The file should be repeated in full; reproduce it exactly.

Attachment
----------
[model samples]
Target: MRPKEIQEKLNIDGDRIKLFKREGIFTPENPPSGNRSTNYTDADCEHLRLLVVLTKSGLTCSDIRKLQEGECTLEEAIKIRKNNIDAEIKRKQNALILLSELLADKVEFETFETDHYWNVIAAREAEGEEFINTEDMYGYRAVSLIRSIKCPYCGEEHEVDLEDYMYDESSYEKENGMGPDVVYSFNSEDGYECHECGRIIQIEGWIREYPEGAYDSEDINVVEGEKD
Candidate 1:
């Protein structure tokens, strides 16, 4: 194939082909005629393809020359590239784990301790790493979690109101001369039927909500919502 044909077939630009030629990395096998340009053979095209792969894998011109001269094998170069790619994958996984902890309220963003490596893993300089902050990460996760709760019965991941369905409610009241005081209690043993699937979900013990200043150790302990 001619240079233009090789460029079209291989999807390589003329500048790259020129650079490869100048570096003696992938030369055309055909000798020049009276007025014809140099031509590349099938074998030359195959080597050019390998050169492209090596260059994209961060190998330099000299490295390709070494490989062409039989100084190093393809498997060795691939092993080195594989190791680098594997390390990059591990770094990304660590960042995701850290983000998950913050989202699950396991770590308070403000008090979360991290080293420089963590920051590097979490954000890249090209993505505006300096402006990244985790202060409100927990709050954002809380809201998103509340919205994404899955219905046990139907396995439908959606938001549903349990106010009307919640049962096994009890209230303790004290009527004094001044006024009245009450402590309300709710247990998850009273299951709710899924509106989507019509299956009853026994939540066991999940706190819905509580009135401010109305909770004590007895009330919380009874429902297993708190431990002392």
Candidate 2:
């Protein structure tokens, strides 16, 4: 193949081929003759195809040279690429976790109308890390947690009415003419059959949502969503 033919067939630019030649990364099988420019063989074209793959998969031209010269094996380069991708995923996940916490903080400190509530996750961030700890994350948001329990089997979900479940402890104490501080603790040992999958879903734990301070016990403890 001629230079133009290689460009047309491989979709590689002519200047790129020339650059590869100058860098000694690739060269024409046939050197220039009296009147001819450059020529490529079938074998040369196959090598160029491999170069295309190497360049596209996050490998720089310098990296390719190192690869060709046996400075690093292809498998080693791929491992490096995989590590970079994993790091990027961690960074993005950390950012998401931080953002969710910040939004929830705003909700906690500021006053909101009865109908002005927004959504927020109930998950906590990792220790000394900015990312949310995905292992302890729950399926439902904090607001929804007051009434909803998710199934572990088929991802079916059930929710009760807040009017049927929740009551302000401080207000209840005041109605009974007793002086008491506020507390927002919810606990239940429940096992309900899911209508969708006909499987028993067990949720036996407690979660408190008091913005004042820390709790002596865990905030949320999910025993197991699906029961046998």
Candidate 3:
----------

[model samples]
Target: MRPKEIQEKLNIDGDRIKLFKREGIFTPENPPSGNRSTNYTDADCEHLRLLVVLTKSGLTCSDIRKLQEGECTLEEAIKIRKNNIDAEIKRKQNALILLSELLADKVEFETFETDHYWNVIAAREAEGEEFINTEDMYGYRAVSLIRSIKCPYCGEEHEVDLEDYMYDESSYEKENGMGPDVVYSFNSEDGYECHECGRIIQIEGWIREYPEGAYDSEDINVVEGEKD
Candidate 1:
């Protein structure tokens, strides 16, 4: 194939082909005629393809020359590239784990301790790493979690109101001369039927909500919502 044909077939630009030629990395096998340009053979095209792969894998011109001269094998170069790619994958996984902890309220963003490596893993300089902050990460996760709760019965991941369905409610009241005081209690043993699937979900013990200043150790302990 001619240079233009090789460029079209291989999807390589003329500048790259020129650079490869100048570096003696992938030369055309055909000798020049009276007025014809140099031509590349099938074998030359195959080597050019390998050169492209090596260059994209961060190998330099000299490295390709070494490989062409039989100084190093393809498997060795691939092993080195594989190791680098594997390390990059591990770094990304660590960042995701850290983000998950913050989202699950396991770590308070403000008090979360991290080293420089963590920051590097979490954000890249090209993505505006300096402006990244985790202060409100927990709050954002809380809201998103509340919205994404899955219905046990139907396995439908959606938001549903349990106010009307919640049962096994009890209230303790004290009527004094001044006024009245009450402590309300709710247990998850009273299951709710899924509106989507019509299956009853026994939540066991999940706190819905509580009135401010109305909770004590007895009330919380009874429902297993708190431990002392």
Candidate 2:
């Protein structure tokens, strides 16, 4: 193949081929003759195809040279690429976790109308890390947690009415003419059959949502969503 033919067939630019030649990364099988420019063989074209793959998969031209010269094996380069991708995923996940916490903080400190509530996750961030700890994350948001329990089997979900479940402890104490501080603790040992999958879903734990301070016990403890 001629230079133009290689460009047309491989979709590689002519200047790129020339650059590869100058860098000694690739060269024409046939050197220039009296009147001819450059020529490529079938074998040369196959090598160029491999170069295309190497360049596209996050490998720089310098990296390719190192690869060709046996400075690093292809498998080693791929491992490096995989590590970079994993790091990027961690960074993005950390950012998401931080953002969710910040939004929830705003909700906690500021006053909101009865109908002005927004959504927020109930998950906590990792220790000394900015990312949310995905292992302890729950399926439902904090607001929804007051009434909803998710199934572990088929991802079916059930929710009760807040009017049927929740009551302000401080207000209840005041109605009974007793002086008491506020507390927002919810606990239940429940096992309900899911209508969708006909499987028993067990949720036996407690979660408190008091913005004042820390709790002596865990905030949320999910025993197991699906029961046998």
Candidate 3: